Water History

, Volume 8, Issue 4, pp 405–429 | Cite as

Seems like I Hardly See Them Around Anymore: Historical Geographies of Riparian Change along the Wind River

  • Teresa Cavazos CohnEmail author
  • William Wyckoff
  • Matt Rinella
  • Jan Eitel


Riparian areas—and the cottonwoods, water birch, bull berry, and currants that flourish within them—hold special significance for Tribes of the Intermountain American West. These species have served ceremonial and practical purposes for generations. Yet cottonwoods have experienced well-documented declines over the past several decades, and serve as indicators of overall riparian change. Research generally attributes this shift to the development of water control infrastructure, altered flood regimes, invasive species, and grazing, and rightfully so. Less attention has been paid to the cultural and historical geographies underlying these vectors of change. This research focuses on the Wind River as a case study to examine the cultural and historical factors related to riparian change. Using remote sensing, interviews and document analysis, we specifically examine boundaries between tribal/non-tribal lands along the Wind River and (1) heterogeneous patterns of riparian change, (2) significant differences in settlement patterns and the development of water infrastructure, and (3) distinct differences in water governance and its power relationships. We conclude that riparian change is heterogeneous; differs temporally, spatially, and between cultural boundaries; and relates to a socio-ecological interplay of values, practices, and policies that underlie water control, flood regime change, and proliferation of invasive species. Ultimately this research suggests that examinations of riparian change would benefit from additional in depth analyses of cultural and historical geographies, and their temporal and spatial relationships. Furthermore, tribal sovereignty over land and water may have significant impacts on overall landscape mosaics, particularly regarding the maintenance of species that support traditional lifeways.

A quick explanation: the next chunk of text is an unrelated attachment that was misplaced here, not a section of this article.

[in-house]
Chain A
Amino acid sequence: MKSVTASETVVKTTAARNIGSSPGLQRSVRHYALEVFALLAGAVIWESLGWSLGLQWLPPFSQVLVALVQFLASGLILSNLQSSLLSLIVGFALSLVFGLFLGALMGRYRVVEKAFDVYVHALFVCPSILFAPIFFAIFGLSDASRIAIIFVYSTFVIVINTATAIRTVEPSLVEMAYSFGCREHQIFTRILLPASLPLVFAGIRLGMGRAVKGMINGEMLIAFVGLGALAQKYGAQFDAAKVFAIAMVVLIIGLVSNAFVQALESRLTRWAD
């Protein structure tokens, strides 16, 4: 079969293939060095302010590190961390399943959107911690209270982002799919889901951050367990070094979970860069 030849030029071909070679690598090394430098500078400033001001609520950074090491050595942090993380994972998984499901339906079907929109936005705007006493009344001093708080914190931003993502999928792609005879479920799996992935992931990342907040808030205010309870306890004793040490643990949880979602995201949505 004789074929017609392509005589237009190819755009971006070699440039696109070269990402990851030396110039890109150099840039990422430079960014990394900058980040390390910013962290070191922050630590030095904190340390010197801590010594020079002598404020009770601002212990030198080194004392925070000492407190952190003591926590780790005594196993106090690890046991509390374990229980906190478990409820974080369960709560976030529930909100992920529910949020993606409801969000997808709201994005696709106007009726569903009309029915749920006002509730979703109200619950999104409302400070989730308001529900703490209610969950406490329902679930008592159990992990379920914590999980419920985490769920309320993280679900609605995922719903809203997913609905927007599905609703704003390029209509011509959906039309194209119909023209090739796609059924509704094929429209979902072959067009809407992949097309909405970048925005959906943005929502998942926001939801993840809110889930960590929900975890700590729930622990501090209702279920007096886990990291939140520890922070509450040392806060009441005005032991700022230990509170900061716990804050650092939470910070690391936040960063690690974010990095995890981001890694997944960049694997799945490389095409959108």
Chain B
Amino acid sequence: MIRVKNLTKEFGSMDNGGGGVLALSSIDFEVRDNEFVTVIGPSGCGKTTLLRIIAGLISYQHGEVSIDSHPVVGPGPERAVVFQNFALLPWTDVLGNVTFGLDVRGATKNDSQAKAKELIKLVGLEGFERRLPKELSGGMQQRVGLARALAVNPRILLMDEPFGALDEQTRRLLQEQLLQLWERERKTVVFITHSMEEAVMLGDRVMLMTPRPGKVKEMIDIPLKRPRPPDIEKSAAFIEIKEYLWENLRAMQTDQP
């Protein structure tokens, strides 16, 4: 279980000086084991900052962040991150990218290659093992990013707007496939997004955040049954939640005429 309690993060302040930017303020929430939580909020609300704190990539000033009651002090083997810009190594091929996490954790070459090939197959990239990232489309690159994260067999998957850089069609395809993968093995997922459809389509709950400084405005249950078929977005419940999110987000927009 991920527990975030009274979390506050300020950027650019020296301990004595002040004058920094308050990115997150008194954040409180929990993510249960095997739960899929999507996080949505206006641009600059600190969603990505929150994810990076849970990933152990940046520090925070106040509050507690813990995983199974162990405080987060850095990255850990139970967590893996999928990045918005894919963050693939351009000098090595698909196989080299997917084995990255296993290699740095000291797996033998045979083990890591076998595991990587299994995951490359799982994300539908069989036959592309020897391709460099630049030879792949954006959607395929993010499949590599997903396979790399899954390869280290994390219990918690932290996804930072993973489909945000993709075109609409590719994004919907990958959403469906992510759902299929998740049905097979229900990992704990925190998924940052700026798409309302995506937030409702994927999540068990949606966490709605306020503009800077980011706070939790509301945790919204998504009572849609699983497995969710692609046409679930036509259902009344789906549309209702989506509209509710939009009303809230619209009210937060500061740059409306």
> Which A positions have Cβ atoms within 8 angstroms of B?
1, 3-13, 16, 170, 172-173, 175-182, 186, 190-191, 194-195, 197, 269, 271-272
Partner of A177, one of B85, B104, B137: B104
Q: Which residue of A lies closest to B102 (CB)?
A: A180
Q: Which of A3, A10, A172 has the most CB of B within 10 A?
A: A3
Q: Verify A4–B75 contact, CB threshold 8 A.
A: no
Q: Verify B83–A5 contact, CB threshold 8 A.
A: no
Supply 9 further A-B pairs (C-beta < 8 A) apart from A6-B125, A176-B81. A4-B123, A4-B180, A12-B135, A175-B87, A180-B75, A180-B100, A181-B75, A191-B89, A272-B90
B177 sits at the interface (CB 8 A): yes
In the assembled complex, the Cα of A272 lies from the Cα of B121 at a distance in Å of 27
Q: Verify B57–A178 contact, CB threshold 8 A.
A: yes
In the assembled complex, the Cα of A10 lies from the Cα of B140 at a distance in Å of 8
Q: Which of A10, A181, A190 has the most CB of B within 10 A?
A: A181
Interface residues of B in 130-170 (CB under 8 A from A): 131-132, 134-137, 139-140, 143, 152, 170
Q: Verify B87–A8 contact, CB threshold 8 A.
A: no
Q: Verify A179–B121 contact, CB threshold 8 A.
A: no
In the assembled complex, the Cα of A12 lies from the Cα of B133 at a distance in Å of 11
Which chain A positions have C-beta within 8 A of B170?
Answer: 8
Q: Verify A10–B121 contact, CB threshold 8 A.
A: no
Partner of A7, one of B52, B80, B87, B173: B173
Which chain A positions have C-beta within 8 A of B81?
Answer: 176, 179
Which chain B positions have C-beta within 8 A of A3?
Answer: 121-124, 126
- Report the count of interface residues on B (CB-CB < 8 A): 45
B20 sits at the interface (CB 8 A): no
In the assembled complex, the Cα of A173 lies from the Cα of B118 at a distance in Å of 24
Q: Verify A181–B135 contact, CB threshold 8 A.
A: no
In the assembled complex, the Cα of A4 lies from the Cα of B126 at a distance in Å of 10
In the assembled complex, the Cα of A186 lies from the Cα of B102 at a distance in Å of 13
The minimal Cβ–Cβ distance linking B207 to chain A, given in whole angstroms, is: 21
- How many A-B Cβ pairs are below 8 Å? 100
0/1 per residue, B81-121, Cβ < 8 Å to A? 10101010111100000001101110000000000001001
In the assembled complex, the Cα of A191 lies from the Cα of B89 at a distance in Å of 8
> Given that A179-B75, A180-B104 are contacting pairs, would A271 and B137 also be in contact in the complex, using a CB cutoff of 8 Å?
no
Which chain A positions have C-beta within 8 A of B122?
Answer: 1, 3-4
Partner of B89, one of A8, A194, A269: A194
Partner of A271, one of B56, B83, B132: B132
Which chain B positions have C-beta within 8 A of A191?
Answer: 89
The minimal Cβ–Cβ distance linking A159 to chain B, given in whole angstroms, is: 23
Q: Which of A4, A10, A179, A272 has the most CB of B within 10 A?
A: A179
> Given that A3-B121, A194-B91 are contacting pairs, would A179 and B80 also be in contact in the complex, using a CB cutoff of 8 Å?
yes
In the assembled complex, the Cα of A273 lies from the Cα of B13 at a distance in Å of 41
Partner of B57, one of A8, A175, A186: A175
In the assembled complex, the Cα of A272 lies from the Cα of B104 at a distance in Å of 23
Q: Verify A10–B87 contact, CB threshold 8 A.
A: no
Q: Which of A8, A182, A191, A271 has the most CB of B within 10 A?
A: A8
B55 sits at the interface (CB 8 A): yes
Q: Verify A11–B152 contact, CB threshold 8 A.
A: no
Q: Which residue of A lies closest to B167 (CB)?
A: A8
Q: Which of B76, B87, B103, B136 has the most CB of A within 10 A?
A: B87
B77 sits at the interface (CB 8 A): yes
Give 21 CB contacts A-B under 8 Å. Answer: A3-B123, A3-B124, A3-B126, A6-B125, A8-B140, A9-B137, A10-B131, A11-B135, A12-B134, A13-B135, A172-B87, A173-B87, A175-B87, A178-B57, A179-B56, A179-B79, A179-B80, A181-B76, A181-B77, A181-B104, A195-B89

Indigenous water resources Riparian vegetation Historical geography Cottonwood Wind River Indian Reservation 



This research was made possible by the National Science Foundation (#0440594), The Nature Conservancy of Wyoming, and The Big Sky Institute at Montana State University.


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Copyright information

© Springer Science+Business Media Dordrecht 2016

Authors and Affiliations

  • Teresa Cavazos Cohn
    • 1
    Email author
  • William Wyckoff
    • 2
  • Matt Rinella
    • 3
  • Jan Eitel
    • 1
  1. 1.University of IdahoMcCallUSA
  2. 2.Montana State UniversityBozemanUSA
  3. 3.USDA Agricultural Research ServiceFort KeoghUSA

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